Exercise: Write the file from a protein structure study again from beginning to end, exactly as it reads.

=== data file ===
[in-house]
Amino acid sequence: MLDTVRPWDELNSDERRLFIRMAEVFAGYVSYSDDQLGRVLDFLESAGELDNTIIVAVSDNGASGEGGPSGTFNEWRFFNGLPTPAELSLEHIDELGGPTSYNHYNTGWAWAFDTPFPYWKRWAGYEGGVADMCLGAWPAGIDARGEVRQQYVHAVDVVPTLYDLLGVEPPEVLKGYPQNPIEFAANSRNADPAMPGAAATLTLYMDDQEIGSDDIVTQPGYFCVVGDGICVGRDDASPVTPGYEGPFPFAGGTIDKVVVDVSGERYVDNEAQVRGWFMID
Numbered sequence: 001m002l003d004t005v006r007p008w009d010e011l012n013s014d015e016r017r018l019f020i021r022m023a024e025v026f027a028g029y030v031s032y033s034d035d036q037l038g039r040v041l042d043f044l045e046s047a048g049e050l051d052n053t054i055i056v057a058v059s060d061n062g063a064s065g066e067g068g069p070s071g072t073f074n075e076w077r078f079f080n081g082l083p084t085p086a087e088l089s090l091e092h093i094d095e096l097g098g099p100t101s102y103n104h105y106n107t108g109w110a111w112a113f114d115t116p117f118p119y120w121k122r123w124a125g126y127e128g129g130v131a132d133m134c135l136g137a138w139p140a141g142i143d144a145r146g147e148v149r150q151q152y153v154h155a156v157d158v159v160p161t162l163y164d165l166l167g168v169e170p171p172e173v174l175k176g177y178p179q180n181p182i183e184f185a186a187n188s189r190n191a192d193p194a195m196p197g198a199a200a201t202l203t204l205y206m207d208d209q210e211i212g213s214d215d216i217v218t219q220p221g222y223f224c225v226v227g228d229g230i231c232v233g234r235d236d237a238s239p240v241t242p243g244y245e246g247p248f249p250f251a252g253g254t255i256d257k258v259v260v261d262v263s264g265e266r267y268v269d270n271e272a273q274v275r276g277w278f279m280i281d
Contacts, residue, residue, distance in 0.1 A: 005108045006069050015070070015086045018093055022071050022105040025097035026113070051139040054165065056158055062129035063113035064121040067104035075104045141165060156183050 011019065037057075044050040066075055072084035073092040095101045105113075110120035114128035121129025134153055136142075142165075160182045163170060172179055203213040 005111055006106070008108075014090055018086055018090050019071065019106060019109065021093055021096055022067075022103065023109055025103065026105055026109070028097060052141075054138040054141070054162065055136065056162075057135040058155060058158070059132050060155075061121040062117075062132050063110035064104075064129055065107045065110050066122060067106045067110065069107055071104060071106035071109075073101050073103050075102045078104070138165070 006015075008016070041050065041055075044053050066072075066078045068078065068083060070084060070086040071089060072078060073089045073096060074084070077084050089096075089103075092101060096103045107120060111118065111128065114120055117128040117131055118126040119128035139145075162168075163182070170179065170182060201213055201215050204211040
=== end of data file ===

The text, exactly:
[in-house]
Amino acid sequence: MLDTVRPWDELNSDERRLFIRMAEVFAGYVSYSDDQLGRVLDFLESAGELDNTIIVAVSDNGASGEGGPSGTFNEWRFFNGLPTPAELSLEHIDELGGPTSYNHYNTGWAWAFDTPFPYWKRWAGYEGGVADMCLGAWPAGIDARGEVRQQYVHAVDVVPTLYDLLGVEPPEVLKGYPQNPIEFAANSRNADPAMPGAAATLTLYMDDQEIGSDDIVTQPGYFCVVGDGICVGRDDASPVTPGYEGPFPFAGGTIDKVVVDVSGERYVDNEAQVRGWFMID
Numbered sequence: 001m002l003d004t005v006r007p008w009d010e011l012n013s014d015e016r017r018l019f020i021r022m023a024e025v026f027a028g029y030v031s032y033s034d035d036q037l038g039r040v041l042d043f044l045e046s047a048g049e050l051d052n053t054i055i056v057a058v059s060d061n062g063a064s065g066e067g068g069p070s071g072t073f074n075e076w077r078f079f080n081g082l083p084t085p086a087e088l089s090l091e092h093i094d095e096l097g098g099p100t101s102y103n104h105y106n107t108g109w110a111w112a113f114d115t116p117f118p119y120w121k122r123w124a125g126y127e128g129g130v131a132d133m134c135l136g137a138w139p140a141g142i143d144a145r146g147e148v149r150q151q152y153v154h155a156v157d158v159v160p161t162l163y164d165l166l167g168v169e170p171p172e173v174l175k176g177y178p179q180n181p182i183e184f185a186a187n188s189r190n191a192d193p194a195m196p197g198a199a200a201t202l203t204l205y206m207d208d209q210e211i212g213s214d215d216i217v218t219q220p221g222y223f224c225v226v227g228d229g230i231c232v233g234r235d236d237a238s239p240v241t242p243g244y245e246g247p248f249p250f251a252g253g254t255i256d257k258v259v260v261d262v263s264g265e266r267y268v269d270n271e272a273q274v275r276g277w278f279m280i281d
Contacts, residue, residue, distance in 0.1 A: 005108045006069050015070070015086045018093055022071050022105040025097035026113070051139040054165065056158055062129035063113035064121040067104035075104045141165060156183050 011019065037057075044050040066075055072084035073092040095101045105113075110120035114128035121129025134153055136142075142165075160182045163170060172179055203213040 005111055006106070008108075014090055018086055018090050019071065019106060019109065021093055021096055022067075022103065023109055025103065026105055026109070028097060052141075054138040054141070054162065055136065056162075057135040058155060058158070059132050060155075061121040062117075062132050063110035064104075064129055065107045065110050066122060067106045067110065069107055071104060071106035071109075073101050073103050075102045078104070138165070 006015075008016070041050065041055075044053050066072075066078045068078065068083060070084060070086040071089060072078060073089045073096060074084070077084050089096075089103075092101060096103045107120060111118065111128065114120055117128040117131055118126040119128035139145075162168075163182070170179065170182060201213055201215050204211040